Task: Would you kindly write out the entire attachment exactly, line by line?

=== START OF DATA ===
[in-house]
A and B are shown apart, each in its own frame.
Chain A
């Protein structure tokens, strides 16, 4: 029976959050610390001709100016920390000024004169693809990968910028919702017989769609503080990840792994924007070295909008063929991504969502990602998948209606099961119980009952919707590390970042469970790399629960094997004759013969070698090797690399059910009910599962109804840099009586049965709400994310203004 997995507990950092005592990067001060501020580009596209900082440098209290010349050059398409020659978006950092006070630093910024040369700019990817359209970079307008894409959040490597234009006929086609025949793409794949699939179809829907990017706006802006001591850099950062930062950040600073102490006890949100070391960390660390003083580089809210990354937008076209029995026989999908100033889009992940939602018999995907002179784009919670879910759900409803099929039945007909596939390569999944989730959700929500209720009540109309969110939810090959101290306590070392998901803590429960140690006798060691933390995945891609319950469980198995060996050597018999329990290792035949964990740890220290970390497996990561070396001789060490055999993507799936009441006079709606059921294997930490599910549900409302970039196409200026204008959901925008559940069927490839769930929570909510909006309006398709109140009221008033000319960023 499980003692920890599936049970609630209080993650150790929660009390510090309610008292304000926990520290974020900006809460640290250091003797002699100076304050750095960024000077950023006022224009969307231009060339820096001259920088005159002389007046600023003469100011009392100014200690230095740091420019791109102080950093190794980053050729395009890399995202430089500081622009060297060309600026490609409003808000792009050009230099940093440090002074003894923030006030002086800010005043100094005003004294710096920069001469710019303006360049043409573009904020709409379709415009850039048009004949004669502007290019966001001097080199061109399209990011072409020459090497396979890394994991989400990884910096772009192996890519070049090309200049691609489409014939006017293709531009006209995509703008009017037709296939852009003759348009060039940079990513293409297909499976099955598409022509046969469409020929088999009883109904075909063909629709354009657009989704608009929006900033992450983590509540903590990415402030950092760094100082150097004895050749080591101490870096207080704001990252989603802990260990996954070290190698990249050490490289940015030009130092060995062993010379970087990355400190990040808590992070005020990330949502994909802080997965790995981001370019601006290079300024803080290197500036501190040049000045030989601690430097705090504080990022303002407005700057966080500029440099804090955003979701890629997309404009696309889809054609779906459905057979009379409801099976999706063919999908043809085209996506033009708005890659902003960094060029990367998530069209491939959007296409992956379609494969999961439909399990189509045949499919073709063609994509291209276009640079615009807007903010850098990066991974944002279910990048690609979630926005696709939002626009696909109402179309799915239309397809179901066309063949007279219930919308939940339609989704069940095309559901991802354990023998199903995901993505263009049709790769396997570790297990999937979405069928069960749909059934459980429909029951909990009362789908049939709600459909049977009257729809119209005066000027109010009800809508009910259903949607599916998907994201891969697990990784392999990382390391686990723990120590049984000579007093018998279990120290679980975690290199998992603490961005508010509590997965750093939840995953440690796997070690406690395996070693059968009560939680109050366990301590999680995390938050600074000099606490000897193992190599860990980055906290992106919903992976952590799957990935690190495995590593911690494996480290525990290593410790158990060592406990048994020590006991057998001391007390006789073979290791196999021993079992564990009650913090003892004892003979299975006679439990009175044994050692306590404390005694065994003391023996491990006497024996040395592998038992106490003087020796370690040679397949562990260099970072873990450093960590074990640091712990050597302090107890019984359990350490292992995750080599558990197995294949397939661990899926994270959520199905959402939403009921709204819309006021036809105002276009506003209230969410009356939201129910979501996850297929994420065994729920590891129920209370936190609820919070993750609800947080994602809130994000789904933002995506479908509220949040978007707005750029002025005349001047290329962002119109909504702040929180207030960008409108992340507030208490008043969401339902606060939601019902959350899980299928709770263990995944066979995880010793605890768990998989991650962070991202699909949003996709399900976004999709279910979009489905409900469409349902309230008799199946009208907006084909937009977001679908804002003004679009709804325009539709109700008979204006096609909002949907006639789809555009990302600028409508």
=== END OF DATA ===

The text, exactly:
[in-house]
A and B are shown apart, each in its own frame.
Chain A
């Protein structure tokens, strides 16, 4: 029976959050610390001709100016920390000024004169693809990968910028919702017989769609503080990840792994924007070295909008063929991504969502990602998948209606099961119980009952919707590390970042469970790399629960094997004759013969070698090797690399059910009910599962109804840099009586049965709400994310203004 997995507990950092005592990067001060501020580009596209900082440098209290010349050059398409020659978006950092006070630093910024040369700019990817359209970079307008894409959040490597234009006929086609025949793409794949699939179809829907990017706006802006001591850099950062930062950040600073102490006890949100070391960390660390003083580089809210990354937008076209029995026989999908100033889009992940939602018999995907002179784009919670879910759900409803099929039945007909596939390569999944989730959700929500209720009540109309969110939810090959101290306590070392998901803590429960140690006798060691933390995945891609319950469980198995060996050597018999329990290792035949964990740890220290970390497996990561070396001789060490055999993507799936009441006079709606059921294997930490599910549900409302970039196409200026204008959901925008559940069927490839769930929570909510909006309006398709109140009221008033000319960023 499980003692920890599936049970609630209080993650150790929660009390510090309610008292304000926990520290974020900006809460640290250091003797002699100076304050750095960024000077950023006022224009969307231009060339820096001259920088005159002389007046600023003469100011009392100014200690230095740091420019791109102080950093190794980053050729395009890399995202430089500081622009060297060309600026490609409003808000792009050009230099940093440090002074003894923030006030002086800010005043100094005003004294710096920069001469710019303006360049043409573009904020709409379709415009850039048009004949004669502007290019966001001097080199061109399209990011072409020459090497396979890394994991989400990884910096772009192996890519070049090309200049691609489409014939006017293709531009006209995509703008009017037709296939852009003759348009060039940079990513293409297909499976099955598409022509046969469409020929088999009883109904075909063909629709354009657009989704608009929006900033992450983590509540903590990415402030950092760094100082150097004895050749080591101490870096207080704001990252989603802990260990996954070290190698990249050490490289940015030009130092060995062993010379970087990355400190990040808590992070005020990330949502994909802080997965790995981001370019601006290079300024803080290197500036501190040049000045030989601690430097705090504080990022303002407005700057966080500029440099804090955003979701890629997309404009696309889809054609779906459905057979009379409801099976999706063919999908043809085209996506033009708005890659902003960094060029990367998530069209491939959007296409992956379609494969999961439909399990189509045949499919073709063609994509291209276009640079615009807007903010850098990066991974944002279910990048690609979630926005696709939002626009696909109402179309799915239309397809179901066309063949007279219930919308939940339609989704069940095309559901991802354990023998199903995901993505263009049709790769396997570790297990999937979405069928069960749909059934459980429909029951909990009362789908049939709600459909049977009257729809119209005066000027109010009800809508009910259903949607599916998907994201891969697990990784392999990382390391686990723990120590049984000579007093018998279990120290679980975690290199998992603490961005508010509590997965750093939840995953440690796997070690406690395996070693059968009560939680109050366990301590999680995390938050600074000099606490000897193992190599860990980055906290992106919903992976952590799957990935690190495995590593911690494996480290525990290593410790158990060592406990048994020590006991057998001391007390006789073979290791196999021993079992564990009650913090003892004892003979299975006679439990009175044994050692306590404390005694065994003391023996491990006497024996040395592998038992106490003087020796370690040679397949562990260099970072873990450093960590074990640091712990050597302090107890019984359990350490292992995750080599558990197995294949397939661990899926994270959520199905959402939403009921709204819309006021036809105002276009506003209230969410009356939201129910979501996850297929994420065994729920590891129920209370936190609820919070993750609800947080994602809130994000789904933002995506479908509220949040978007707005750029002025005349001047290329962002119109909504702040929180207030960008409108992340507030208490008043969401339902606060939601019902959350899980299928709770263990995944066979995880010793605890768990998989991650962070991202699909949003996709399900976004999709279910979009489905409900469409349902309230008799199946009208907006084909937009977001679908804002003004679009709804325009539709109700008979204006096609909002949907006639789809555009990302600028409508």